Stretching back to 2019, there have been 21 different winners in the last 22 major championships in women’s golf.
The field, then, is wide open for the final major of 2023 — even if two players stand out.
Celine Boutier and Rose Zhang are dominating the conversation heading into the Women’s British Open starting today at Walton Heath, a course southwest of London that hosted the Ryder Cup in 1981 and where thick heather is the biggest hazard.
Boutier because of the golf she is producing at the moment.
Zhang because of what’s likely ahead for a 20-year-old star widely regarded as the next big thing in women’s golf.
No one is playing better than Boutier, a Frenchwoman who has won her last two events — starting with a first major of her career at the Evian Championship on home soil last month.
That she followed it up by winning the Women’s Scottish Open by three strokes on Sunday spoke plenty about her belief and state of mind. Boutier is up to No. 3 in the world, is a three-time winner on the LPGA Tour this year and is only the third player since 2010 — after Inbee Park and Ariya Jutanugarn — to capture a major then win the next event on the LPGA Tour.
“It’s definitely a little bit tiring because it’s now been three weeks on the road,” Boutier said. “It’s not easy to stay focused and motivated. But at the same time, it’s also the last major of the year. So I’m just trying to focus on that and trying to finish strong.”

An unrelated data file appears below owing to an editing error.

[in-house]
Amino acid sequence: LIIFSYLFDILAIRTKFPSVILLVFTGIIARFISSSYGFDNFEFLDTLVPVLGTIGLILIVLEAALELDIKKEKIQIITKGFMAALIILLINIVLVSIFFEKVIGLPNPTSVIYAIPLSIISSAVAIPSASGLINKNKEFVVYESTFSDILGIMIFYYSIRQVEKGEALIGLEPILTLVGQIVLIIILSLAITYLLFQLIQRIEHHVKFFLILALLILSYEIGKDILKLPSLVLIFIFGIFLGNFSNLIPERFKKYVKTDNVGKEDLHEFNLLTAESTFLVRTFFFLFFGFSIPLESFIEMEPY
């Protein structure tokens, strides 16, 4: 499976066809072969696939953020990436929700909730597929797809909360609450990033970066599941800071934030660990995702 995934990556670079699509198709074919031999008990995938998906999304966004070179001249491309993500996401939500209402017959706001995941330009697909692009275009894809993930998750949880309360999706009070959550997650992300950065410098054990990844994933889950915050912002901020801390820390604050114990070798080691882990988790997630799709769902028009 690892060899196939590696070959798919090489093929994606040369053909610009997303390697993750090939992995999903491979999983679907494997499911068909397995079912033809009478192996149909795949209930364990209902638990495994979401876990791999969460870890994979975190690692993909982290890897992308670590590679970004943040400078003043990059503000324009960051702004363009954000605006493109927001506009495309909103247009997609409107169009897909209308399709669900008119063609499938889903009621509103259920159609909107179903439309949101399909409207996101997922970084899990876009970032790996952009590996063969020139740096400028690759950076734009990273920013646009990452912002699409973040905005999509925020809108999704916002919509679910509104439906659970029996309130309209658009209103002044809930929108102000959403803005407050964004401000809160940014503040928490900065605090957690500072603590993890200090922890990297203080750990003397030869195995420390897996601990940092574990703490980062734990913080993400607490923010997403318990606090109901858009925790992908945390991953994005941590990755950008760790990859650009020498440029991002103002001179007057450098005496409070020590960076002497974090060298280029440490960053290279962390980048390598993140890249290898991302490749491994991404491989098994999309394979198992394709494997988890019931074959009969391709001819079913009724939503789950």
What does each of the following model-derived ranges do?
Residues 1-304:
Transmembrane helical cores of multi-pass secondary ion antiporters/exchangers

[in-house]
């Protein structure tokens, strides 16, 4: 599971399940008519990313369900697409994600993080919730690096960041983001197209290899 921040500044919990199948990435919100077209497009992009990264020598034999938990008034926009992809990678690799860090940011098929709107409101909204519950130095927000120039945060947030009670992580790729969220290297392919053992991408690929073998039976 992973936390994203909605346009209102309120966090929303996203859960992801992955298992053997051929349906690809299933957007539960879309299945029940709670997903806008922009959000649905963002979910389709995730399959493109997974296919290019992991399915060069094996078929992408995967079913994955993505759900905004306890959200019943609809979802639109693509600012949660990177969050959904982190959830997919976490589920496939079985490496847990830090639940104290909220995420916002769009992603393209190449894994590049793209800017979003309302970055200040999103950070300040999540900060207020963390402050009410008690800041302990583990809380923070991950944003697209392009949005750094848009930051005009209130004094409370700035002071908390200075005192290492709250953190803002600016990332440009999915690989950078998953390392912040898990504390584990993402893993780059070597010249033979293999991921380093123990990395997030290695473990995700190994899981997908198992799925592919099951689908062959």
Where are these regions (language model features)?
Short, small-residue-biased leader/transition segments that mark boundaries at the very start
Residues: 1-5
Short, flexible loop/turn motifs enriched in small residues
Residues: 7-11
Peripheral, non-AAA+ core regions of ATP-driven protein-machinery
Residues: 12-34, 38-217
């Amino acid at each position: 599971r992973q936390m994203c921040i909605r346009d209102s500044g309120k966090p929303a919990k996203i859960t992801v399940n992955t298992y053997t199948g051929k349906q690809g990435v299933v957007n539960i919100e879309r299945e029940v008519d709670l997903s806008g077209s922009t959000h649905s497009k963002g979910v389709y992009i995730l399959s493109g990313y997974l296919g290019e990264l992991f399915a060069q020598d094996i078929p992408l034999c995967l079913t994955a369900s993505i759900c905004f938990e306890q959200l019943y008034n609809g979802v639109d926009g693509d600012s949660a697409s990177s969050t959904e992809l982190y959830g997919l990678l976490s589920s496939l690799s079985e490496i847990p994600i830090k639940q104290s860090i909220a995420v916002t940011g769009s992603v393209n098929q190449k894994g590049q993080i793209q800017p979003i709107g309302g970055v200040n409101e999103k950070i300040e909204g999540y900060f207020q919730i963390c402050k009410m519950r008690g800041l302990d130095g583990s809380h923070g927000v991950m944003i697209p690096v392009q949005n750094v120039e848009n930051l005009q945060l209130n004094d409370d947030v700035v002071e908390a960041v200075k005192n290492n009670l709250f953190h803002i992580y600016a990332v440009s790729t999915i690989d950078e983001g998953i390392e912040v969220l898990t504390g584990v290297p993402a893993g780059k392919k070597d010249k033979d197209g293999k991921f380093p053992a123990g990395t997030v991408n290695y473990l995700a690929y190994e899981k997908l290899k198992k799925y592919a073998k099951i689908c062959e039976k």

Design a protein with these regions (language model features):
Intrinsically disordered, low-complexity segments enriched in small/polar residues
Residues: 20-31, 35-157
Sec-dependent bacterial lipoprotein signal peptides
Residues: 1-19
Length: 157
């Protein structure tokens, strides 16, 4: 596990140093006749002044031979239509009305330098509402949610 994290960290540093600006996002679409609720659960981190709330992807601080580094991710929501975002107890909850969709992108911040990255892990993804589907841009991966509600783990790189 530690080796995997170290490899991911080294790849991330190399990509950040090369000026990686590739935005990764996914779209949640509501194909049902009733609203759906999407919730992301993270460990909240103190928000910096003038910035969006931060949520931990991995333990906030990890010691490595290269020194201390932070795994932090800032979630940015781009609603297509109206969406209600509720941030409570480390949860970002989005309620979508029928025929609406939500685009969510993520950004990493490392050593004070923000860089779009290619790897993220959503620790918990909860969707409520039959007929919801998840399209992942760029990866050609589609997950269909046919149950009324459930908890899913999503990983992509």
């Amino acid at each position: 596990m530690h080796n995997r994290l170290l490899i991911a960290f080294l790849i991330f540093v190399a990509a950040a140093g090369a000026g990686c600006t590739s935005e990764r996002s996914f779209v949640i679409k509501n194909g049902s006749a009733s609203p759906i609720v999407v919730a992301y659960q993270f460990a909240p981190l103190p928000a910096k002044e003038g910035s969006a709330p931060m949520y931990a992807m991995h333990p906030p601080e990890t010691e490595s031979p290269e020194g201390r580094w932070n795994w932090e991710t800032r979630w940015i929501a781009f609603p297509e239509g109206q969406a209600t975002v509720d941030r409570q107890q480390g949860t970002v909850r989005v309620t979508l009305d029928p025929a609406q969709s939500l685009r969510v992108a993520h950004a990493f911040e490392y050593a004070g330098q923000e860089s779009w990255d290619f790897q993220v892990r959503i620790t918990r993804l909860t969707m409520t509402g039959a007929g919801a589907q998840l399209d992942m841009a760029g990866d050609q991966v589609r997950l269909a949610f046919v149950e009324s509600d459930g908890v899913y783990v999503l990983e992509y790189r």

Then there’s Zhang, a two-time NCAA champion who became the first player in 72 years to win an LPGA event on her pro debut and has top-10 finishes in her three major appearances since turning pro this year.
She was the low amateur at last year’s British Open with a tie for 28th at Muirfield, a links course unlike Walton Heath.
It would hardly be a surprise if Zhang joins the ranks of recent first-time major winners in the women’s game.
“There’s a lot of mental toughness that you have to go through,” Zhang, who is already ranked No. 32, said of the expectations on her, “and just learning how to be aware of that allows you to play well.
“I know that my game is there. I know that I have the mental grit to be able to compete well on these difficult golf courses.”
Zhang described Walton Heath as a “beautiful” course. It is long and should play softer because of lots of rain in Britain in recent weeks, with Zhang predicting low scores if it continues to be so wet.
And her priority this week? Stay out of the heather.
“The heather is beautiful,” she said, “but it’s terrible to be in.”
Nelly Korda arrives as the world No. 1 and trending in the right direction after being tied for ninth at the Evian, which followed her winning the Aramco Team Series on the Ladies European Tour.
Korda’s only major title was at the Women’s PGA Championship in 2021, her breakout year when she also won Olympic gold in Tokyo.
“Every year, the girls are getting better. Every year there’s younger girls coming out dominating,” Korda said. “Rose came out, winning her first event. It’s getting tough. So whenever you win, it feels really good.”
Korda will be playing the first two rounds with local favorite Charley Hull and former No. 1 Lydia Ko.